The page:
Scout Schultz, the Georgia Tech student who was fatally shot Saturday night, was also the person behind a call to Georgia Tech campus police earlier that evening to report a suspicious person on campus.
According to a statement from the Georgia Bureau of Investigation, Georgia Tech Police officers received a 911 call around 11:17 p.m. Saturday about a person described as a “white male, with long blond hair, white T-shirt and blue jeans who is possibly intoxicated, holding a knife and possibly armed with a gun on his hip.”
Officers encountered Schultz outside a dorm building in the well-lit entrance of a parking garage. In a cellphone video captured by an onlooker and obtained by CNN, at least two officers can be seen with their guns drawn as Schultz walks toward them.
“Come on, man, drop the knife,” one officer says. Another encourages Schultz, “Come on, let’s drop it.” (Investigators later found a multipurpose tool in Schultz’s dorm room, but no gun).
At that point in the video, Schultz shouts, “Shoot me!” to which the first officer replies, “No, drop the knife.” After several more back-and-forths, Schultz takes three steps toward the officers and is shot.
The Georgia Bureau of Investigations later found three suicide notes in Schultz’s dorm room. Schultz, who was a fourth-year computer engineering major with a minor in biomedical engineering, was also active on campus as the president of the Georgia Tech Pride Alliance, a student-led LGBTQ community.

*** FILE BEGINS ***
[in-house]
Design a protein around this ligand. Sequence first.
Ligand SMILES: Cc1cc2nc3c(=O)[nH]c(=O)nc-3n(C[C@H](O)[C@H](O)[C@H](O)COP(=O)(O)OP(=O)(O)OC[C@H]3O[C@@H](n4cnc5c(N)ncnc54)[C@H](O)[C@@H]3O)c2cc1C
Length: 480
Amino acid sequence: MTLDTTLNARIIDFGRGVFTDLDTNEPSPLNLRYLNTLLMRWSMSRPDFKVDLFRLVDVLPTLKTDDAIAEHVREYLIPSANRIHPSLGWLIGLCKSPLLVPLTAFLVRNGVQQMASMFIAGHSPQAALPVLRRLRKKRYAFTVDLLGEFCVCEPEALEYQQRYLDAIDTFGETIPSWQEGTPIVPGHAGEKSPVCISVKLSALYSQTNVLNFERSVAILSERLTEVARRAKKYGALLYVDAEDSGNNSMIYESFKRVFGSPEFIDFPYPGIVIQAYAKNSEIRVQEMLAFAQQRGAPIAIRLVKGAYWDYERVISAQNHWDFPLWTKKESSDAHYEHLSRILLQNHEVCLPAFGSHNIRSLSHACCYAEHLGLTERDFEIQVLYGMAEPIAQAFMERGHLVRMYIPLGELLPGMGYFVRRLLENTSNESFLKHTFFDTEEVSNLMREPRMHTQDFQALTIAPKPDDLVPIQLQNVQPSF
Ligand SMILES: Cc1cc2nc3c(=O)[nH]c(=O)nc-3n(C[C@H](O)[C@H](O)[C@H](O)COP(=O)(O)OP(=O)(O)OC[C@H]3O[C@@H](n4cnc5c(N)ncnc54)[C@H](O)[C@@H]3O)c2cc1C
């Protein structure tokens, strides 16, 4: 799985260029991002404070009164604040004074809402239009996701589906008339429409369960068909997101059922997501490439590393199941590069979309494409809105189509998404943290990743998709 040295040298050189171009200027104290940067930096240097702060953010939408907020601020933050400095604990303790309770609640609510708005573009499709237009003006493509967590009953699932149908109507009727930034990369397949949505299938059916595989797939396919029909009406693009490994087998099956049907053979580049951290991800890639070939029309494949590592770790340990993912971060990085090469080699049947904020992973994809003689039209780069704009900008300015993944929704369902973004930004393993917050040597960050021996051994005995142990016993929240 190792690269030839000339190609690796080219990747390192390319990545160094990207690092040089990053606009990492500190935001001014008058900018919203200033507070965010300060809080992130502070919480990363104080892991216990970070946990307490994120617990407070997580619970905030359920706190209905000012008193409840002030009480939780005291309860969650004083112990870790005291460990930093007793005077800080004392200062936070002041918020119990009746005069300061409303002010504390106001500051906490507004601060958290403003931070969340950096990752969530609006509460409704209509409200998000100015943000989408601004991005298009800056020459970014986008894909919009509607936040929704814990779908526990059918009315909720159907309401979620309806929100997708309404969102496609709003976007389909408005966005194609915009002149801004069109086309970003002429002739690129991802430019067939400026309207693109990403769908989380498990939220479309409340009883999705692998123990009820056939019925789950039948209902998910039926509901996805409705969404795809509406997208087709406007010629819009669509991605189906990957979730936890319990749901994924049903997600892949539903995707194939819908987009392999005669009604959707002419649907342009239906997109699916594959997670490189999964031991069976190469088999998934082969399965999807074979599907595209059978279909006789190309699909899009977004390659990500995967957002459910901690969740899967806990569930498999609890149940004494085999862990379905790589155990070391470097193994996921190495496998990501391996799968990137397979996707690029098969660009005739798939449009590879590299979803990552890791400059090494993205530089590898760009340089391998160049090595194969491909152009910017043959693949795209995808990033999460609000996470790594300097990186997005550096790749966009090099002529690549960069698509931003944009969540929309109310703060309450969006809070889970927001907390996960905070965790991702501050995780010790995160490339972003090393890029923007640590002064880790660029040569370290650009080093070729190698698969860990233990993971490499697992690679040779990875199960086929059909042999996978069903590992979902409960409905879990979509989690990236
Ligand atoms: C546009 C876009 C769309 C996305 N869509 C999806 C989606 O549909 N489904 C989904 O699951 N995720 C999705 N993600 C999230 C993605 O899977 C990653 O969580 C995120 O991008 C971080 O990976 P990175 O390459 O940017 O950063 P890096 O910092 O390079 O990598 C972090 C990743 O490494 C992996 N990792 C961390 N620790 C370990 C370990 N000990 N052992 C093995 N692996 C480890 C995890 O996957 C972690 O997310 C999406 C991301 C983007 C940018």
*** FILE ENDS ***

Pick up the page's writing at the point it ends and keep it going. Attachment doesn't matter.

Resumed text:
In a profile on the group’s website, Schultz identified as nonbinary and intersex and preferred the pronouns they, them and their.
Schultz’s family attorney, L. Chris Stewart, said in a statement, “It’s tragic that as Scout was battling mental health issues that pushed them to the edge of desperation, their life was taken with a bullet rather than saved with non-lethal force.”
In a news conference following the shooting, CNN reports that Stewart added, “People have breakdowns sometimes. That doesn’t mean they deserve to die.”
Georgia Tech President G.P. “Bud” Peterson sent an email to the school community to reassure students that there would be “opportunities for dialogue” and “additional resources as needed for healing.”
“While this is a heart-wrenchingly painful time for the entire Georgia Tech community, it is important to know that all of us here at Georgia Tech are committed to providing a safe and healthy, living and learning environment for all of our students, faculty and staff,” he wrote.
A peaceful vigil was held in honor of Schultz Monday night, but a protest that took place immediately afterward led to three arrests and the burning of a police vehicle in the street.
Vincent Castillenti, Jacob Wilson and Cassandra Monden were arrested and charged with inciting a riot and battery of an officer, a university spokesman told the Miami Herald. The university has not specified whether the three individuals are students.